If you came to this page directly and do not see a navigation frame on top, please go to the home page.
Bad Säckingen is situated at an elevation of 291 m on the right bank of the river Rhine, about 32 km west of the district town Waldshut-Tiengen and about 35 km east and upstream of Basel. The municipality has a population of about 17,100 (2016).
The earliest known document mentioning Seckinga dates from 878. Although traditionally explained as being derived from Alemannic Secco, it is actually more likely derived from the Latin place name Sanctio (maybe derived from the name of the province Maxima Sequanorum that had been founded in 297 AD. The modern town was founded near the monastery and ladies' convent, which itself was founded in the 7th century. In 1805, Säckingen became part of the Duchy (1806 Grand Duchy) of Baden. Until 1830, the town was situated on an island in the river, but in 1830 th right branch of the river was filled up. The former left branch of the Rhine today marks the border between Germany and Switzerland. The district Säckingen was dissolved in 1973 and for the most part was merged with the district Waldshut. The former independent communities of Rippolingen and Wallbach were merged with Säckingen in 1973. In 1978 the attribute Bad (spa) was added to the name of the municipality.
The Fridolinsmünster (minster church of St. Fridolin) [left, no. 3478: background right] is the popular landmark of the town. It is dedicated to Saint Fridolin of Säckingen, a missionary monk from Ireland who died here in 538 AD. Te church originally was the church of the ladies' convent. Built first in Romanesque style, it was rebuilt after a large fire in Gothic style in the 14th century, and renovated in Baroque style in the 17th and 18th century. The relics of St. Fridolin are kept in the Fridolin chapel in the church's choir.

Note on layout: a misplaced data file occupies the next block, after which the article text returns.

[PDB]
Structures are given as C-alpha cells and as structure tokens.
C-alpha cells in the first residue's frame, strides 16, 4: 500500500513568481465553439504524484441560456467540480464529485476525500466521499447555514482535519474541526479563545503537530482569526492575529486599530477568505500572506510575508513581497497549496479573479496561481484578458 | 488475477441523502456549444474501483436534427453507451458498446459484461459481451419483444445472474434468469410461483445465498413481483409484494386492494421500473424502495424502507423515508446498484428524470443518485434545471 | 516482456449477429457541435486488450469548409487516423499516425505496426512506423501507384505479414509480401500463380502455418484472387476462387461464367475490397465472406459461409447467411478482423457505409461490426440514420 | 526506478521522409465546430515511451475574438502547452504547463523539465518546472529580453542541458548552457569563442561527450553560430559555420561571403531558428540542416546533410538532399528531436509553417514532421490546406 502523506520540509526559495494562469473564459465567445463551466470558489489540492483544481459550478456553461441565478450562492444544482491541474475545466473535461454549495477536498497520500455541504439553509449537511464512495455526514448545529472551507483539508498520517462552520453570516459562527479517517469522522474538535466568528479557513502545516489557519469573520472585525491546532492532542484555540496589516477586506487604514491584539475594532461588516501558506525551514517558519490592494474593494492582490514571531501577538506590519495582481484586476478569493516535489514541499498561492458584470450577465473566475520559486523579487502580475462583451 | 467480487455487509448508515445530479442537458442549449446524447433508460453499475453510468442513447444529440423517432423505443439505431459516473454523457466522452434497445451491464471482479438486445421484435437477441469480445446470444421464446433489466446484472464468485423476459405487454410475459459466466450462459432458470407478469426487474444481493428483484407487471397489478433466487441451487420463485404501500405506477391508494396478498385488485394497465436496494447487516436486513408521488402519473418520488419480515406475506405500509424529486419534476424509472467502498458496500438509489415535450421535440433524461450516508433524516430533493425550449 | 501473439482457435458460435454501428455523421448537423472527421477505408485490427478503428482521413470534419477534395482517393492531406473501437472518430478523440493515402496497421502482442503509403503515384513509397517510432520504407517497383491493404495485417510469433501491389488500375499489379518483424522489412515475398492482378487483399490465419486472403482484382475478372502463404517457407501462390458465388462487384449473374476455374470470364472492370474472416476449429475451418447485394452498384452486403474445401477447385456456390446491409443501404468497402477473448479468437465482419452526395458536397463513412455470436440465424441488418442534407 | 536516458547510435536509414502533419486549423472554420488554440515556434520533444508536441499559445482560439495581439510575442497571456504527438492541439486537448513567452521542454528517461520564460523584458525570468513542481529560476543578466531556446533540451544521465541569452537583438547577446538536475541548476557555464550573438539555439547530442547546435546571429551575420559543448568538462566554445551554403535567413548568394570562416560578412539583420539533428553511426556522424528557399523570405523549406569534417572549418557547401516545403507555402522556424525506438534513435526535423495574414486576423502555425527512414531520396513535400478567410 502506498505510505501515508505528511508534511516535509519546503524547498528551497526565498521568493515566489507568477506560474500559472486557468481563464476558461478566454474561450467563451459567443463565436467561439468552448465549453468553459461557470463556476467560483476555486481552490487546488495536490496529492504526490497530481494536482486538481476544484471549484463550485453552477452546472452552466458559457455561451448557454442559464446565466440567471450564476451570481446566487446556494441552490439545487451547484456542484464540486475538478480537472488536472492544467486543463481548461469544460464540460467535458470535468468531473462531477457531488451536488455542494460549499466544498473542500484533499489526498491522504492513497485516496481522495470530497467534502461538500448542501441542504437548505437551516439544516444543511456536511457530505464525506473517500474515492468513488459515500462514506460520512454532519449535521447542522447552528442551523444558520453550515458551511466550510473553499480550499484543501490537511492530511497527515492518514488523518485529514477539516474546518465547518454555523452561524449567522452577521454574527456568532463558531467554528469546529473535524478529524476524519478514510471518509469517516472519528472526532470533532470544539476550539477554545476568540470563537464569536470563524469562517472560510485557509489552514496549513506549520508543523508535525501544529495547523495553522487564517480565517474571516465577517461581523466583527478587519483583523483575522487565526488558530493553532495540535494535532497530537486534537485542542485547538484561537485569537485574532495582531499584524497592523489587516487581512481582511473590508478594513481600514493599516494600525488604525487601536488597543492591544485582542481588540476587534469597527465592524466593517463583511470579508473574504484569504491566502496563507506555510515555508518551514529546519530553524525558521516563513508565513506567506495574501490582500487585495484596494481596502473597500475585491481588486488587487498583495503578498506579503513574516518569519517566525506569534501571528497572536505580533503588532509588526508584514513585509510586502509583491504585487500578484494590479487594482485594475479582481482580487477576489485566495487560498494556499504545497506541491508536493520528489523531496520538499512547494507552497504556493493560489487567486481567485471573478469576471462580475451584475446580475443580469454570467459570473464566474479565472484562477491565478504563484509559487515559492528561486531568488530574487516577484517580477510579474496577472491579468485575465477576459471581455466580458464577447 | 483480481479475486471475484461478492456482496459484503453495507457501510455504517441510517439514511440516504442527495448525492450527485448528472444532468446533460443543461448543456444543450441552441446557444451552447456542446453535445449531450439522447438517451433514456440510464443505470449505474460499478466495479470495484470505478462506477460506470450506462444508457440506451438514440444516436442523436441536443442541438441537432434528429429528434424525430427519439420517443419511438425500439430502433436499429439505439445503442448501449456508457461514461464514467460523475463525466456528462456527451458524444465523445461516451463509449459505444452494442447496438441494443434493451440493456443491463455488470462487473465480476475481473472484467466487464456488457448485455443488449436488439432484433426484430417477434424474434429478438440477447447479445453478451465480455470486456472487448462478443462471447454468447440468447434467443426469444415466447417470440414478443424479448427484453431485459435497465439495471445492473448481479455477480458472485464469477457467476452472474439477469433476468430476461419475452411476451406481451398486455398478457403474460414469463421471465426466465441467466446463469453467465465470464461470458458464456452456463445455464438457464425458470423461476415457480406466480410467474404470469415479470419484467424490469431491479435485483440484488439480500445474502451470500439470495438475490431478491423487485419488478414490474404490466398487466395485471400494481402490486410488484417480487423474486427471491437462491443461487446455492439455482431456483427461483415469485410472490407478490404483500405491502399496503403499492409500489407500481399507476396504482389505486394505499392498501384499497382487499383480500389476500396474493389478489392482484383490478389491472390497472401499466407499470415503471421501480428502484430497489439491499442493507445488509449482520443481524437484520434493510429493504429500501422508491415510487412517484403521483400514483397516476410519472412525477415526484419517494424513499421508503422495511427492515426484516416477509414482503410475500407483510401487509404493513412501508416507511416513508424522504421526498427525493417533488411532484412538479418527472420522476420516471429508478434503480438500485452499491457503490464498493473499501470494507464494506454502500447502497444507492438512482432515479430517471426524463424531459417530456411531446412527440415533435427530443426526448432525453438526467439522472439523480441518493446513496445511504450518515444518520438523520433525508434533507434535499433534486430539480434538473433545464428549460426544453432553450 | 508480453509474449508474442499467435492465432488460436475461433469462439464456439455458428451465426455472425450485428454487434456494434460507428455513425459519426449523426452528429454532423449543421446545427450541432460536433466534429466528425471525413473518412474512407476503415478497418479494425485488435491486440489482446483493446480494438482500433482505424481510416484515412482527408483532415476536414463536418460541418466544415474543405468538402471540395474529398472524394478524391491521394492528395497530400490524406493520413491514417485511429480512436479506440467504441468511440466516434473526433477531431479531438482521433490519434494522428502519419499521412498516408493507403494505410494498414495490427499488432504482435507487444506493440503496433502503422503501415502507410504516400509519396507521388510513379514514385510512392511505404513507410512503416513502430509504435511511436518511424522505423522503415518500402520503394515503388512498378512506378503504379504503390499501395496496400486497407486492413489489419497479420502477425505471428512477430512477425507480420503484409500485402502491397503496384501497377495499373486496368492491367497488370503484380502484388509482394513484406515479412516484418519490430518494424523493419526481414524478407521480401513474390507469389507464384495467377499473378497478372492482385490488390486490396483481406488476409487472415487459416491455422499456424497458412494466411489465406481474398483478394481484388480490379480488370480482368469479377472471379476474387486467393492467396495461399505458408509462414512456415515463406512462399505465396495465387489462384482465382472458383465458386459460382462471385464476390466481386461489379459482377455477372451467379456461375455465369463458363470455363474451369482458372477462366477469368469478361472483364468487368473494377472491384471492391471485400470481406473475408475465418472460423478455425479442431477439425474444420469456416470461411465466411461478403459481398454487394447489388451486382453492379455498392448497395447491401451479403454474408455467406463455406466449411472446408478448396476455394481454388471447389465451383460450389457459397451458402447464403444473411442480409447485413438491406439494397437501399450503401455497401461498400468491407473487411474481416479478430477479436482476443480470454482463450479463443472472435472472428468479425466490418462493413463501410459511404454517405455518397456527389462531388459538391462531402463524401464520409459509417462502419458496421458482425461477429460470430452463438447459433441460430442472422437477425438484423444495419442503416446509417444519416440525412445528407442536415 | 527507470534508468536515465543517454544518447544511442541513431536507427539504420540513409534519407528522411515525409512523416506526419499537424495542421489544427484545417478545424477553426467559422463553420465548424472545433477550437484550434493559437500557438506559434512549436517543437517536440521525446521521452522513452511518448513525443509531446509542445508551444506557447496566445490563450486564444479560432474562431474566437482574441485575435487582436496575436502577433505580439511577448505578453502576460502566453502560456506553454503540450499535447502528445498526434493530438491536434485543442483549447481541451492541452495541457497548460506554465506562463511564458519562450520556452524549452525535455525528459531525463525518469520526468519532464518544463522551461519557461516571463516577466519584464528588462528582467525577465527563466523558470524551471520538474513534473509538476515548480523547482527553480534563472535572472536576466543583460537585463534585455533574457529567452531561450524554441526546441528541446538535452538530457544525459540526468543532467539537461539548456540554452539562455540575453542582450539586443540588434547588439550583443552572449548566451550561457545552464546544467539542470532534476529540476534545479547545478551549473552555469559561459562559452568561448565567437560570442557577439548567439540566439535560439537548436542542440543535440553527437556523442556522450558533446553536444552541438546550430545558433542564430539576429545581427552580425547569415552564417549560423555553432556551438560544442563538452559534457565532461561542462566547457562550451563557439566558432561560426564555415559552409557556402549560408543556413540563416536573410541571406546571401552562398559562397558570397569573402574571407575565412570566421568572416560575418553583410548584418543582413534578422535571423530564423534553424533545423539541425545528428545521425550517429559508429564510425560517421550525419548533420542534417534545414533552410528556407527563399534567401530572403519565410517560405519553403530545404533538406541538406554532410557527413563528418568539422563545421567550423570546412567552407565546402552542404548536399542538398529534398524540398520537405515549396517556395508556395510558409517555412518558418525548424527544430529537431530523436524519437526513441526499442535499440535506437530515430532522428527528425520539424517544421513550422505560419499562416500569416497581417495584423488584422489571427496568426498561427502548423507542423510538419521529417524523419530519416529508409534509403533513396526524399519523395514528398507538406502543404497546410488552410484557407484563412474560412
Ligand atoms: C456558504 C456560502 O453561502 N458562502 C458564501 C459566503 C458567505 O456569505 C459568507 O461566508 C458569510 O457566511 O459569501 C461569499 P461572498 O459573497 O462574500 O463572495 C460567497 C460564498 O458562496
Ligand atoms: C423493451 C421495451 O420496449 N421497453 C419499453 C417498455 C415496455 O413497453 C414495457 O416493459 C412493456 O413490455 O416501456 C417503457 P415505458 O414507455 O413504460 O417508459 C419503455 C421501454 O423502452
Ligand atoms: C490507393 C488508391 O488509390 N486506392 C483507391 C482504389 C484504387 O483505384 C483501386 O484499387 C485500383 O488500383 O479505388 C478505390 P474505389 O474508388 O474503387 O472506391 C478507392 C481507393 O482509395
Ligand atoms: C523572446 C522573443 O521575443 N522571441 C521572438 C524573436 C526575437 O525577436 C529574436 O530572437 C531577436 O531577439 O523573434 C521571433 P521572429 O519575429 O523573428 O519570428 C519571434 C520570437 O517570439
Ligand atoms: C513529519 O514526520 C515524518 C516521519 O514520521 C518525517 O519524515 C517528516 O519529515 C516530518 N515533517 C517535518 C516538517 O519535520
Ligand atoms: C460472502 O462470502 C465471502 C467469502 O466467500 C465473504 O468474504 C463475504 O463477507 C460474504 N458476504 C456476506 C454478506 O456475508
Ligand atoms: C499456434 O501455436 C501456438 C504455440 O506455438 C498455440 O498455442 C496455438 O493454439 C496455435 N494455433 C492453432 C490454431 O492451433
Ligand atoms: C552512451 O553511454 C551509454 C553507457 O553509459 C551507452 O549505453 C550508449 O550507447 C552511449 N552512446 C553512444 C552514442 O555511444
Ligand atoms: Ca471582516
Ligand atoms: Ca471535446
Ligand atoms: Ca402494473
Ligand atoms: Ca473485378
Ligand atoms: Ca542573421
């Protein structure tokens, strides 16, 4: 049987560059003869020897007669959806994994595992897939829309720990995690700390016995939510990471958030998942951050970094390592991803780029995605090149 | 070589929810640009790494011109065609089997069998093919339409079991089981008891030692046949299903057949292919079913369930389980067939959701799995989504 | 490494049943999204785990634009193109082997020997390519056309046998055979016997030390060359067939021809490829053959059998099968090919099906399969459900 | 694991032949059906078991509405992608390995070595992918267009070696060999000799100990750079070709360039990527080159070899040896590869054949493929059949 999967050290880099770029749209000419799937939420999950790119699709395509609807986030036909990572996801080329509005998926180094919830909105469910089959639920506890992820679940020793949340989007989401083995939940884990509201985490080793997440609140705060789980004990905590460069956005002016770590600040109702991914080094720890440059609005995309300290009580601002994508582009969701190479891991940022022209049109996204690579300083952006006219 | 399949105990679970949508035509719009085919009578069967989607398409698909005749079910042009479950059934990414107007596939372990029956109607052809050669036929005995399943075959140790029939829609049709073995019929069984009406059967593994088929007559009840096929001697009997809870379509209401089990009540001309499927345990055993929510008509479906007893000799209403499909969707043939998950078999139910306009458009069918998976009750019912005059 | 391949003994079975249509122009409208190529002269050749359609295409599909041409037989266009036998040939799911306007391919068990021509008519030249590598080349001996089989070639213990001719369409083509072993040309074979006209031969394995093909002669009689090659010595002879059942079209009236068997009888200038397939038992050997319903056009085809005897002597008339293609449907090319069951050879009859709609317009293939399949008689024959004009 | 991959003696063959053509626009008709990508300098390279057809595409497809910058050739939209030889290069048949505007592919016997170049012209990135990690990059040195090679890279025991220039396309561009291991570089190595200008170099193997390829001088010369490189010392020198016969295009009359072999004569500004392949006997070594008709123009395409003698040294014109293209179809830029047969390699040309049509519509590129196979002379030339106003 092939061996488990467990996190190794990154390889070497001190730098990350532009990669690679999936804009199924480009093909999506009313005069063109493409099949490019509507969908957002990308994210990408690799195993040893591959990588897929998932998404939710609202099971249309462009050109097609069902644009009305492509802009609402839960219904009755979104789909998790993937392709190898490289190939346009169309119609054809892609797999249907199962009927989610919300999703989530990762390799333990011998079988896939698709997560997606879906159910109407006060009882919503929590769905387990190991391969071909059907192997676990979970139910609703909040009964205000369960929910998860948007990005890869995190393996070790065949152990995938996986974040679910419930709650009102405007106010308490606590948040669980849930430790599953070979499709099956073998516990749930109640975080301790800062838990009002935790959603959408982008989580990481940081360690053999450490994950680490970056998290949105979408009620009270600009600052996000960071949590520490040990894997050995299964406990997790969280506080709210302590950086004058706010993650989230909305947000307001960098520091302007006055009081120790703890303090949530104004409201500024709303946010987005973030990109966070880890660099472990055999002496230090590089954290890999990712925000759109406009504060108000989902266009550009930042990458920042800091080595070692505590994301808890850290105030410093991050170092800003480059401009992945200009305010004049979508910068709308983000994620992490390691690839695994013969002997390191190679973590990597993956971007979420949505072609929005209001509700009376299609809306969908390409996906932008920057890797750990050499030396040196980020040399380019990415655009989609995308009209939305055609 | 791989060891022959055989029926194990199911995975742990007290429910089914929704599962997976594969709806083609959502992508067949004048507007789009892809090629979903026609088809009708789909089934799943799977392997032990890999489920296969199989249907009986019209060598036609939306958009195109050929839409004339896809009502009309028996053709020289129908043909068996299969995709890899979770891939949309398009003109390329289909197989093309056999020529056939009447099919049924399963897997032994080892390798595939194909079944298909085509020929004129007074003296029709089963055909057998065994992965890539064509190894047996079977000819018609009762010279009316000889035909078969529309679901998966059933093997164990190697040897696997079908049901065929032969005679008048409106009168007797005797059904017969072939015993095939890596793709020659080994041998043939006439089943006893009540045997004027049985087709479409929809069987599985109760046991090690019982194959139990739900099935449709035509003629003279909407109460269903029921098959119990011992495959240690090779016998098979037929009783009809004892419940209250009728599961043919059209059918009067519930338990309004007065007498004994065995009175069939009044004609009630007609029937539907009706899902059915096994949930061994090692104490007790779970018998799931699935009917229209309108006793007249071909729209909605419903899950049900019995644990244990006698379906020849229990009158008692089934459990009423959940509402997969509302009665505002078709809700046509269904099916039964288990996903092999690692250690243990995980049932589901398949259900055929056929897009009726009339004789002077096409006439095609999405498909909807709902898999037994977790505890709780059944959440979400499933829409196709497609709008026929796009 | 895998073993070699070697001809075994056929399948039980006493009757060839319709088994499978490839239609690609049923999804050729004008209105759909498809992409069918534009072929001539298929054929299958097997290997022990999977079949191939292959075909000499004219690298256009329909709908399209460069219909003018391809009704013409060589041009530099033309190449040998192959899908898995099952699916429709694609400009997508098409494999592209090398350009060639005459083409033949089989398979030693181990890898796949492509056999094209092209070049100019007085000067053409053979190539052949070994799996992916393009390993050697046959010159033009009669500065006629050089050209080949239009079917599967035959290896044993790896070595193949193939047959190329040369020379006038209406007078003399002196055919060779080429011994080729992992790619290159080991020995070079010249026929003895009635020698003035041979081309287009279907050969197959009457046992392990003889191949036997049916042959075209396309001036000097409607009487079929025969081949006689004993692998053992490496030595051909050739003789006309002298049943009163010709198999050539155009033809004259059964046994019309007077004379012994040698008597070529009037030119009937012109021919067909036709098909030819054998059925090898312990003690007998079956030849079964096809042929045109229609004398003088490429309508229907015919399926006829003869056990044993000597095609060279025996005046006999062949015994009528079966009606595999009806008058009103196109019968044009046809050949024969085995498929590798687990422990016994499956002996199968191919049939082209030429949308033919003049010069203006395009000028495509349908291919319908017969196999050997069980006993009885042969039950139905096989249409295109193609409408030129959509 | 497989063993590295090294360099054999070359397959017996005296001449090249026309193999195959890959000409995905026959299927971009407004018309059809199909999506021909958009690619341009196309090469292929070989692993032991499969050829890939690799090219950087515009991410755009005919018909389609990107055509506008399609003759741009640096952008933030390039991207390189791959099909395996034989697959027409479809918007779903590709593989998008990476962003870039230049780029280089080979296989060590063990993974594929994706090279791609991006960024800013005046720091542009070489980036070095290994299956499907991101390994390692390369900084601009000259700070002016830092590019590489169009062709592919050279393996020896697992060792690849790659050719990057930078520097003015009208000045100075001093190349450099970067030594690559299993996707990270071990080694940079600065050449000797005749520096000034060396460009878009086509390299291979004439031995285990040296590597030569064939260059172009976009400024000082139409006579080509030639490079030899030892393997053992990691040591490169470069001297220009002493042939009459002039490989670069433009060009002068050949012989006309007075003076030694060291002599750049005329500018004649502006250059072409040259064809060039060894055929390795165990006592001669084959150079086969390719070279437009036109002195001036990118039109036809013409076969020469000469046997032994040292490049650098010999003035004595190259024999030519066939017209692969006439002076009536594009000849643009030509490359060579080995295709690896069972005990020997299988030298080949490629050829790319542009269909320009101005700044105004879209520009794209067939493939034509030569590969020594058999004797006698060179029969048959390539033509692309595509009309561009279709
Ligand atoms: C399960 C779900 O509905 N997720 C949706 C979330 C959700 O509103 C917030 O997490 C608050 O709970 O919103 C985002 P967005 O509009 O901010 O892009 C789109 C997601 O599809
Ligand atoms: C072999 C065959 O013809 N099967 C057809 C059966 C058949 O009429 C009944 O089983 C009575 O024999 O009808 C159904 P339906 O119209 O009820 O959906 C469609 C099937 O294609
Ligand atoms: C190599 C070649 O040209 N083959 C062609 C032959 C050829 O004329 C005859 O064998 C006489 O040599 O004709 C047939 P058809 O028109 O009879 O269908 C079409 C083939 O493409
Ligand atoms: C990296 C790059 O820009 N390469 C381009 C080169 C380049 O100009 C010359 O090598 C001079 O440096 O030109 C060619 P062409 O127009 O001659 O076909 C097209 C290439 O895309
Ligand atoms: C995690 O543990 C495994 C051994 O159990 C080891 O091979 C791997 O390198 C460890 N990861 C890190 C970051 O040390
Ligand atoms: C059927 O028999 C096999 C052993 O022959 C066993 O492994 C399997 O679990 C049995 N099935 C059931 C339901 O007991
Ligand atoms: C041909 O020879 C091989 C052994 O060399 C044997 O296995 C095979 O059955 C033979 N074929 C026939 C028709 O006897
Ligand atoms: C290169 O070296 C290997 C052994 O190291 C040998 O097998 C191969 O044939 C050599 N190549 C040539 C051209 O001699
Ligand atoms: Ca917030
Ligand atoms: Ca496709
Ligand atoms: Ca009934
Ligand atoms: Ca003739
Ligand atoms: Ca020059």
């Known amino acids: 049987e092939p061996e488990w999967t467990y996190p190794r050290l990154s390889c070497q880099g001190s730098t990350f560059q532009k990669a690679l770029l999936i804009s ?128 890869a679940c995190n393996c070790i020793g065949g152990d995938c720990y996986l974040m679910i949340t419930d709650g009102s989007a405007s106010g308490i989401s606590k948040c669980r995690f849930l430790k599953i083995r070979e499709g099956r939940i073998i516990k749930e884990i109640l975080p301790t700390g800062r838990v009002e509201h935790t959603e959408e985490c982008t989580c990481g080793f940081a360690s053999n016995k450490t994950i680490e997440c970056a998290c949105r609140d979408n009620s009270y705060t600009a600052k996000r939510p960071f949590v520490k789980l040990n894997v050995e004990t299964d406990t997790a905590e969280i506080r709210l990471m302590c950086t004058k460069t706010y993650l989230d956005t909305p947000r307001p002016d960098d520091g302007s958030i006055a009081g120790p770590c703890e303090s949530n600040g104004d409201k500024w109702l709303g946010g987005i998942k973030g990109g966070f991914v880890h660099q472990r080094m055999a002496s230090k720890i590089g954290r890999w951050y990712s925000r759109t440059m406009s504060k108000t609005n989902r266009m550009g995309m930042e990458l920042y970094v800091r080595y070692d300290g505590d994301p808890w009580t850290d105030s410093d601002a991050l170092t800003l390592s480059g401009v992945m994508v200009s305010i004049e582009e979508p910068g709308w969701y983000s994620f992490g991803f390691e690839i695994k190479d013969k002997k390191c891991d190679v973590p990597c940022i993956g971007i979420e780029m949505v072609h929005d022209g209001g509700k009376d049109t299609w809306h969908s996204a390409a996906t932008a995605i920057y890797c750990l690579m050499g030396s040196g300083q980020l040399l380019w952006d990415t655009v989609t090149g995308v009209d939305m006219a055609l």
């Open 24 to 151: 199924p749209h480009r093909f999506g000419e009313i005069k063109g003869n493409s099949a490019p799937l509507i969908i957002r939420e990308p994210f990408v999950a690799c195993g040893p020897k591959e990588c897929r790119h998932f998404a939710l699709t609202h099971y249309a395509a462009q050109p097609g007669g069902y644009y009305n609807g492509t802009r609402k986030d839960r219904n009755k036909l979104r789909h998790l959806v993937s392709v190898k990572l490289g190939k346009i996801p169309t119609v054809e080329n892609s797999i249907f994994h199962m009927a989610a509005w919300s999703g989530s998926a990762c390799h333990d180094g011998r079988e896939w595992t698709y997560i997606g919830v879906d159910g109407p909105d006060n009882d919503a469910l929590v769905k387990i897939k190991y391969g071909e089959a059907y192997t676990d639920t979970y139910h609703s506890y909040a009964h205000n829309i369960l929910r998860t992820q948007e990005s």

Schönau castle [left, no. 3479], popularly known also as
Trumpeter's castle, was built in 1600–1680 for the Schönau family. Two of the originally four
corner towers were broken off in the 17th century. At the same time, a central tower was added between the remaining two
corner towers. In the 19th century, when the castle had been in use as a brewery, part of the historic substance was lost.
In 1928 the municipality of Säckingen purchased the castle and renovated it for the High Rhine Museum.
the popular name 'Trumpeter's castle' alludes to the marriage of the commoner Franz Werner Kirchhofer (1633–1690)
with the noble lady Maria Ursula von Schönau (1632–1691), popularised in the epic poem
Der Trompeter von Säckingen by Joseph Victor von Scheffel, published in 1854.